If you thought it was a pain in the backside to get through the TSA screening process and make it to your plane before, prepare for things to get a bit more restrictive, expensive and – in some cases – practically impossible. As we discussed here last year, the Real ID Act is in place, though remaining mostly dormant for the moment. But when the reprieve expires over the next couple of years, travelers in states where your drivers license or other state issued identification isn’t up to snuff will need a passport to get on a plane. And in a separate, but very much relevant development, the IRS will be able to invalidate your passport in some cases if you fall behind on your taxes. In other words, some of you may wind up grounded. (Forbes)
In October 2020, the hassle factor for domestic air travel may increase. Soon, your state’s driver’s license may not be enough to get you through security and on board. In fact, the Los Angeles Times reports that 26 states–including California–do not meet federal regulations. There is an extension of time for these states, through Oct. 10, 2016. But after that, there is worry that your U.S. passport may be needed.
Now, there is a reprieve until January 22, 2018. Homeland Security Secretary Jeh Johnson has issued a statement that, until then, residents of all states can continue to use their state driver’s license for domestic air travel. But by Oct. 1, 2020, every air traveler will need a Real-ID-compliant license, or another acceptable form of federal ID for domestic travel. The Real ID Act created a national standard for state-issued IDs. Some states initially refused to comply, fearing that the federal government would make a national database of citizens.
If you’re in a state which has a compliant ID you don’t have any more to worry about than usual, but even for those of you with a passport, as I mentioned above, the Tax Man may be able to cancel it.
[T]he rise of the passport’s importance coincides uncannily with a new law giving the IRS power to revoke passports. Plainly, the easy answer to travel worries may be to dig out your passport, and they are already often in evidence in domestic air check in lines. But what if your passport is cancelled because you owe the IRS?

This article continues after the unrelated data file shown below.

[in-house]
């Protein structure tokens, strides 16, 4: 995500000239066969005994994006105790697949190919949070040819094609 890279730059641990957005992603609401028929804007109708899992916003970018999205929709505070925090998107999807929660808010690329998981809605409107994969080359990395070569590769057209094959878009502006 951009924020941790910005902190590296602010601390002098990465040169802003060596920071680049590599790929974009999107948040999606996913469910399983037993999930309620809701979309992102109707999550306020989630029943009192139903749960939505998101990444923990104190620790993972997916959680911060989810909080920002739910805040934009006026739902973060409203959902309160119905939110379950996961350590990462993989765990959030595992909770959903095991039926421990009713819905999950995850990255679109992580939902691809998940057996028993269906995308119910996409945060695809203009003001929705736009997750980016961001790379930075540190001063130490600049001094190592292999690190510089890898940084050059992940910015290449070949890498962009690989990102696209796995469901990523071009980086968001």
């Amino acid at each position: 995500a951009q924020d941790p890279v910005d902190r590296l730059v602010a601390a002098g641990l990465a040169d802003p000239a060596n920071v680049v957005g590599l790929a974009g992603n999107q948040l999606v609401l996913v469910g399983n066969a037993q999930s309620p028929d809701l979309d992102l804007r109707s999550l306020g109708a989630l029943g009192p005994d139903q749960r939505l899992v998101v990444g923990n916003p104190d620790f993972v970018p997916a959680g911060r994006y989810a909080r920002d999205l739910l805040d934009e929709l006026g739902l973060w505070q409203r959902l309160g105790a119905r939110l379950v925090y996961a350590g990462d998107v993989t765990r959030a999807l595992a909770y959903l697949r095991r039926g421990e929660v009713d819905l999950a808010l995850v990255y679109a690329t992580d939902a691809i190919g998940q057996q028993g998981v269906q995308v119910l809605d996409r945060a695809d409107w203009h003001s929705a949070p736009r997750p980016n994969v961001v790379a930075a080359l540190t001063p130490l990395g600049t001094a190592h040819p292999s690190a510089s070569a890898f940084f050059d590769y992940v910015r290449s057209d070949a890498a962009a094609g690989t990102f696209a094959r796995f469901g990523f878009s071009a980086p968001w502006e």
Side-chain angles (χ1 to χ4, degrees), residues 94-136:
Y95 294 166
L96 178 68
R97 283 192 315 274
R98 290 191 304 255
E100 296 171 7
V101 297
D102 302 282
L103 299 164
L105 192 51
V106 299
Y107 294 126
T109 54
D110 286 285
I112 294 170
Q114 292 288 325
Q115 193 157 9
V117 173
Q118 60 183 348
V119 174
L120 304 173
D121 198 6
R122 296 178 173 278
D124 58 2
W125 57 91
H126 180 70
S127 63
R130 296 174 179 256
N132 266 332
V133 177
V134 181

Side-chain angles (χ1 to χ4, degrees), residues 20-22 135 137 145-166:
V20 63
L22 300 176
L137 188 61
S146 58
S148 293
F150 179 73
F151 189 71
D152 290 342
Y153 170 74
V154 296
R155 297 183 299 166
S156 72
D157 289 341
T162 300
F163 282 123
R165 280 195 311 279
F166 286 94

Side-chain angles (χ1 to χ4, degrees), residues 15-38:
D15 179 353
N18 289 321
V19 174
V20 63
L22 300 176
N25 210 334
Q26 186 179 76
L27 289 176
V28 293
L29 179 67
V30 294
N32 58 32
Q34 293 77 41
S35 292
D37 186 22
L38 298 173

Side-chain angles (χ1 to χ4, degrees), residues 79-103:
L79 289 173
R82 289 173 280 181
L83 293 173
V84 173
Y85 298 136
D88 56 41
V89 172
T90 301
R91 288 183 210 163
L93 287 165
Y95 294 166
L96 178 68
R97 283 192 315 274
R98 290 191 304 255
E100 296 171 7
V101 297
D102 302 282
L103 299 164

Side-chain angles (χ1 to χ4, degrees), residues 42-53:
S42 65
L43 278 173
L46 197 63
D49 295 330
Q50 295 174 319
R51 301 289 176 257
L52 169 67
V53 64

I’m not advocating anyone not paying the taxes they owe under the law, but let’s remember that some people wind up in disputes over audits which can drag on for years and run up huge bills, both in terms of legal or accounting costs and fines or fees from the IRS. If you are in the middle of one of those battles and don’t have a Real ID compliant license, you may be grounded. May is the operative word because DHS has dragged their feet on this for a while now and may do so again. Jim Harper from CATO at Liberty opined last year that this will never come to pass, but that’s hardly a unanimous opinion around the nation.
Let’s assume they do start enforcing it, though. This is a troubling development on a couple of fronts. First of all there’s the issue of freedom of movement. No, you don’t have some constitutional right to get on a plane, but it’s a reality of 21st century life for many people, both for employment requirements and social interaction with widely dispersed friends and family. Pretty much anyone can get an identification card for free these days (thanks, voter ID laws!) but a passport is going to take some time to get and will cost you real cash. People who frequently move, lacking the proper supporting documentation or who have run into some trouble with the law may not be able to get a passport at all. Having the government ground them is unreasonable. And the idea that the IRS can ground you over a tax dispute is particularly self-defeating because they may remove your ability to pay your tax bill in the process.
None of these questions touch on the question of a National ID system which sets the teeth of many conservatives on edge.
So do you have any alternative options? Well… sort of. One option in most states is to go get an Enhanced Drivers License. They generally won’t cost you as much as a passport and don’t have terribly stringent requirements if you have a reasonably clean record. Also, the IRS can’t take them away. You can use them not only for domestic flights, but to drive over the border into Canada at most crossing stations.
These are just some things to keep an eye on over the next couple of years. If you’re not sure whether or not your state’s drivers licenses are Real ID compliant, you can take a look here.